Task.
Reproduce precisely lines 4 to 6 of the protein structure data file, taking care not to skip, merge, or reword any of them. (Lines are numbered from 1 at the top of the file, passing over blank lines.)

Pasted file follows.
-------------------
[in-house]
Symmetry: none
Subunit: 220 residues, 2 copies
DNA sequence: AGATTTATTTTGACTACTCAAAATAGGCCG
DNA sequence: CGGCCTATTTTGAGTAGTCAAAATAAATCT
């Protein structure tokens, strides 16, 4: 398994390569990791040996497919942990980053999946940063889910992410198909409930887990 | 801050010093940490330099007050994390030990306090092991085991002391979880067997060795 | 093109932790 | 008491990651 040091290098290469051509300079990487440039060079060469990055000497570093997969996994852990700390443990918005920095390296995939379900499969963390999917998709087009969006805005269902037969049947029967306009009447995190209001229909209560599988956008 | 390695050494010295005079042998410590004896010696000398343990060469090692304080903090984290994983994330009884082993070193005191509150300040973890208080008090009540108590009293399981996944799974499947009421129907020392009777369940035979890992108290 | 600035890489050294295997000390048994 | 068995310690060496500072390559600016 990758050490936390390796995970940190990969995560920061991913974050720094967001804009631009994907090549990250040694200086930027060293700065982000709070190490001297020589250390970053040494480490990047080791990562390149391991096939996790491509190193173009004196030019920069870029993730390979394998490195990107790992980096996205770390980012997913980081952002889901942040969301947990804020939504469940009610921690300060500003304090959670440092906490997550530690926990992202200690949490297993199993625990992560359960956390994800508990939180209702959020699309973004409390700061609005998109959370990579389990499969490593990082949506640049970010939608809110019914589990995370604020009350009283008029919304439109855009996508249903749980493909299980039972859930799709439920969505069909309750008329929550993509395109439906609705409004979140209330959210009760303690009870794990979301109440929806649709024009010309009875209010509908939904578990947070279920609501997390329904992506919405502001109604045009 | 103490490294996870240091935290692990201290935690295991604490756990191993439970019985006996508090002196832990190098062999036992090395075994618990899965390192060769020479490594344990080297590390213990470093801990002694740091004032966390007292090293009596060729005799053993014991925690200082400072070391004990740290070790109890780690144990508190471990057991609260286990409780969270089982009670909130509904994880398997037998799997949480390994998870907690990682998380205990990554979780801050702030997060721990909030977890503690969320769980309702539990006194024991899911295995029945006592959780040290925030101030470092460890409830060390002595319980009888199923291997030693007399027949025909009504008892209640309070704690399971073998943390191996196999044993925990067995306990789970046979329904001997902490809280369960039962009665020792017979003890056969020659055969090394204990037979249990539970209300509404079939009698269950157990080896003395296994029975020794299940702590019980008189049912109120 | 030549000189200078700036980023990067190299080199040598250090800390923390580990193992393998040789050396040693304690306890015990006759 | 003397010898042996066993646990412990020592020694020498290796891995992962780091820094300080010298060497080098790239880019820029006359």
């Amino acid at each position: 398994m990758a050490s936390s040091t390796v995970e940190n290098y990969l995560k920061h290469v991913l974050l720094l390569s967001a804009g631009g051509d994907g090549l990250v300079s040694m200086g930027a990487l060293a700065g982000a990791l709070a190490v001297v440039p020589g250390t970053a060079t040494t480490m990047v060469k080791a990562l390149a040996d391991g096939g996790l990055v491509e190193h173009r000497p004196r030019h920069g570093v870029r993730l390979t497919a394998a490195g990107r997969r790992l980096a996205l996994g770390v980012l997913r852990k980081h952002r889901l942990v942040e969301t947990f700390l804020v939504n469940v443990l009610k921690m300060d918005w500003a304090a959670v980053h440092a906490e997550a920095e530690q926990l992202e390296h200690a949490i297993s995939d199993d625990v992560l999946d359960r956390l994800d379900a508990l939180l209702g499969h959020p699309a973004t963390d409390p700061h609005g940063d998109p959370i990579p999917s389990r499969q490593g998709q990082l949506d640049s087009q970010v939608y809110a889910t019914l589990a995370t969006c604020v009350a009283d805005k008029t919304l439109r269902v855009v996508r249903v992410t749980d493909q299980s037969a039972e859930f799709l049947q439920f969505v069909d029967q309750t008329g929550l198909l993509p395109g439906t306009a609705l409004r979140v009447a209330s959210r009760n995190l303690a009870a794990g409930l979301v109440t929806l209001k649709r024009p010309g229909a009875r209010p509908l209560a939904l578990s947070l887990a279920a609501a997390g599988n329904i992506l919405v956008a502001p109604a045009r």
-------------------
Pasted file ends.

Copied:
DNA sequence: AGATTTATTTTGACTACTCAAAATAGGCCG
DNA sequence: CGGCCTATTTTGAGTAGTCAAAATAAATCT
């Protein structure tokens, strides 16, 4: 398994390569990791040996497919942990980053999946940063889910992410198909409930887990 | 801050010093940490330099007050994390030990306090092991085991002391979880067997060795 | 093109932790 | 008491990651 040091290098290469051509300079990487440039060079060469990055000497570093997969996994852990700390443990918005920095390296995939379900499969963390999917998709087009969006805005269902037969049947029967306009009447995190209001229909209560599988956008 | 390695050494010295005079042998410590004896010696000398343990060469090692304080903090984290994983994330009884082993070193005191509150300040973890208080008090009540108590009293399981996944799974499947009421129907020392009777369940035979890992108290 | 600035890489050294295997000390048994 | 068995310690060496500072390559600016 990758050490936390390796995970940190990969995560920061991913974050720094967001804009631009994907090549990250040694200086930027060293700065982000709070190490001297020589250390970053040494480490990047080791990562390149391991096939996790491509190193173009004196030019920069870029993730390979394998490195990107790992980096996205770390980012997913980081952002889901942040969301947990804020939504469940009610921690300060500003304090959670440092906490997550530690926990992202200690949490297993199993625990992560359960956390994800508990939180209702959020699309973004409390700061609005998109959370990579389990499969490593990082949506640049970010939608809110019914589990995370604020009350009283008029919304439109855009996508249903749980493909299980039972859930799709439920969505069909309750008329929550993509395109439906609705409004979140209330959210009760303690009870794990979301109440929806649709024009010309009875209010509908939904578990947070279920609501997390329904992506919405502001109604045009 | 103490490294996870240091935290692990201290935690295991604490756990191993439970019985006996508090002196832990190098062999036992090395075994618990899965390192060769020479490594344990080297590390213990470093801990002694740091004032966390007292090293009596060729005799053993014991925690200082400072070391004990740290070790109890780690144990508190471990057991609260286990409780969270089982009670909130509904994880398997037998799997949480390994998870907690990682998380205990990554979780801050702030997060721990909030977890503690969320769980309702539990006194024991899911295995029945006592959780040290925030101030470092460890409830060390002595319980009888199923291997030693007399027949025909009504008892209640309070704690399971073998943390191996196999044993925990067995306990789970046979329904001997902490809280369960039962009665020792017979003890056969020659055969090394204990037979249990539970209300509404079939009698269950157990080896003395296994029975020794299940702590019980008189049912109120 | 030549000189200078700036980023990067190299080199040598250090800390923390580990193992393998040789050396040693304690306890015990006759 | 003397010898042996066993646990412990020592020694020498290796891995992962780091820094300080010298060497080098790239880019820029006359």